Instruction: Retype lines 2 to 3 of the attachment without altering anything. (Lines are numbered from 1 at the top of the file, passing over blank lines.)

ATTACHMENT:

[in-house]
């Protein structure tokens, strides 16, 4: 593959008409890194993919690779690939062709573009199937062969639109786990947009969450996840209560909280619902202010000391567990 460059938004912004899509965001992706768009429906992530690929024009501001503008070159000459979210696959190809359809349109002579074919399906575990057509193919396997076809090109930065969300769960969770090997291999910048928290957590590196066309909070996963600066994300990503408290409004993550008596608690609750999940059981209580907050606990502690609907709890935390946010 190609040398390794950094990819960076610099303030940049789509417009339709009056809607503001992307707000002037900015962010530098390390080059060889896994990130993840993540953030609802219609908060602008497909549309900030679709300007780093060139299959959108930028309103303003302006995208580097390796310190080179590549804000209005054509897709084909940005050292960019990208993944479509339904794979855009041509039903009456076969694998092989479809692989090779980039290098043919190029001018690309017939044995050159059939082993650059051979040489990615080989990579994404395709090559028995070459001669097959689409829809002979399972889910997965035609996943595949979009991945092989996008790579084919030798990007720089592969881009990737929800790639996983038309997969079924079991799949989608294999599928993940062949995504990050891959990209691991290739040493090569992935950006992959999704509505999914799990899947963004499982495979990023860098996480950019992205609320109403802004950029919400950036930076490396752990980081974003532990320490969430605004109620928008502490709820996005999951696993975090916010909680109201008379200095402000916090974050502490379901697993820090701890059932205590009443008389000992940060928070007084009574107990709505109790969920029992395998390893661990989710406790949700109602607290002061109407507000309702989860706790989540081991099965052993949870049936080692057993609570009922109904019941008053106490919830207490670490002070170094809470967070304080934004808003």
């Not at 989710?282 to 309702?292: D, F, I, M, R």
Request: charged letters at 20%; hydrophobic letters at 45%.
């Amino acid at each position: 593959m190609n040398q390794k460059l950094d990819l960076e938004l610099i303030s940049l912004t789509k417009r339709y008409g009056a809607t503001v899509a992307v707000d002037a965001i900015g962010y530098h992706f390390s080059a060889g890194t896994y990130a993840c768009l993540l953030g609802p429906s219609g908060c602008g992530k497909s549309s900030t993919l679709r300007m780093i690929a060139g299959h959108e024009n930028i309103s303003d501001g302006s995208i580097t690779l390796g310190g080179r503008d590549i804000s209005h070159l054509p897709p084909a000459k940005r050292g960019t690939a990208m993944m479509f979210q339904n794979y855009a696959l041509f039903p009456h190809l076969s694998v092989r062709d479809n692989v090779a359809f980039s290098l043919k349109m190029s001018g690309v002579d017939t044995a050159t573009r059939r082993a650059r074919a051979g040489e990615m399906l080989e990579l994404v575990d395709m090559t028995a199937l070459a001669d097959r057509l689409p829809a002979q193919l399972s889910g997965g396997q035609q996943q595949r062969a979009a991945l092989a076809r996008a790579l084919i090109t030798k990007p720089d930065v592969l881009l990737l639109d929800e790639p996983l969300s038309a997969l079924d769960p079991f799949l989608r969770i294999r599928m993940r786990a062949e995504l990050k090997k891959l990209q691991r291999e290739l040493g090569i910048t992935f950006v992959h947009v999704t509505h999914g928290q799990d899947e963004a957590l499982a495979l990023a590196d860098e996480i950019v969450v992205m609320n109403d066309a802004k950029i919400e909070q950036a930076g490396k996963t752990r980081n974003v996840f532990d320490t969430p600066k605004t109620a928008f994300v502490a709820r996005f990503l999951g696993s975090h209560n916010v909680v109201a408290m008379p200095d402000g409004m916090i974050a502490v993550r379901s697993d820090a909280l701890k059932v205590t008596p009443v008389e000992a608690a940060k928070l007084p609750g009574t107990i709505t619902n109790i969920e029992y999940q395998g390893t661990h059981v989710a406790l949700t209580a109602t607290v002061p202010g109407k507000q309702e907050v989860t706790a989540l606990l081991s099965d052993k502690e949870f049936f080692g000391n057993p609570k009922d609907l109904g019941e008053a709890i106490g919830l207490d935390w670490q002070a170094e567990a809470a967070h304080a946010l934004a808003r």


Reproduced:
């Protein structure tokens, strides 16, 4: 593959008409890194993919690779690939062709573009199937062969639109786990947009969450996840209560909280619902202010000391567990 460059938004912004899509965001992706768009429906992530690929024009501001503008070159000459979210696959190809359809349109002579074919399906575990057509193919396997076809090109930065969300769960969770090997291999910048928290957590590196066309909070996963600066994300990503408290409004993550008596608690609750999940059981209580907050606990502690609907709890935390946010 190609040398390794950094990819960076610099303030940049789509417009339709009056809607503001992307707000002037900015962010530098390390080059060889896994990130993840993540953030609802219609908060602008497909549309900030679709300007780093060139299959959108930028309103303003302006995208580097390796310190080179590549804000209005054509897709084909940005050292960019990208993944479509339904794979855009041509039903009456076969694998092989479809692989090779980039290098043919190029001018690309017939044995050159059939082993650059051979040489990615080989990579994404395709090559028995070459001669097959689409829809002979399972889910997965035609996943595949979009991945092989996008790579084919030798990007720089592969881009990737929800790639996983038309997969079924079991799949989608294999599928993940062949995504990050891959990209691991290739040493090569992935950006992959999704509505999914799990899947963004499982495979990023860098996480950019992205609320109403802004950029919400950036930076490396752990980081974003532990320490969430605004109620928008502490709820996005999951696993975090916010909680109201008379200095402000916090974050502490379901697993820090701890059932205590009443008389000992940060928070007084009574107990709505109790969920029992395998390893661990989710406790949700109602607290002061109407507000309702989860706790989540081991099965052993949870049936080692057993609570009922109904019941008053106490919830207490670490002070170094809470967070304080934004808003």
């Not at 989710?282 to 309702?292: D, F, I, M, R």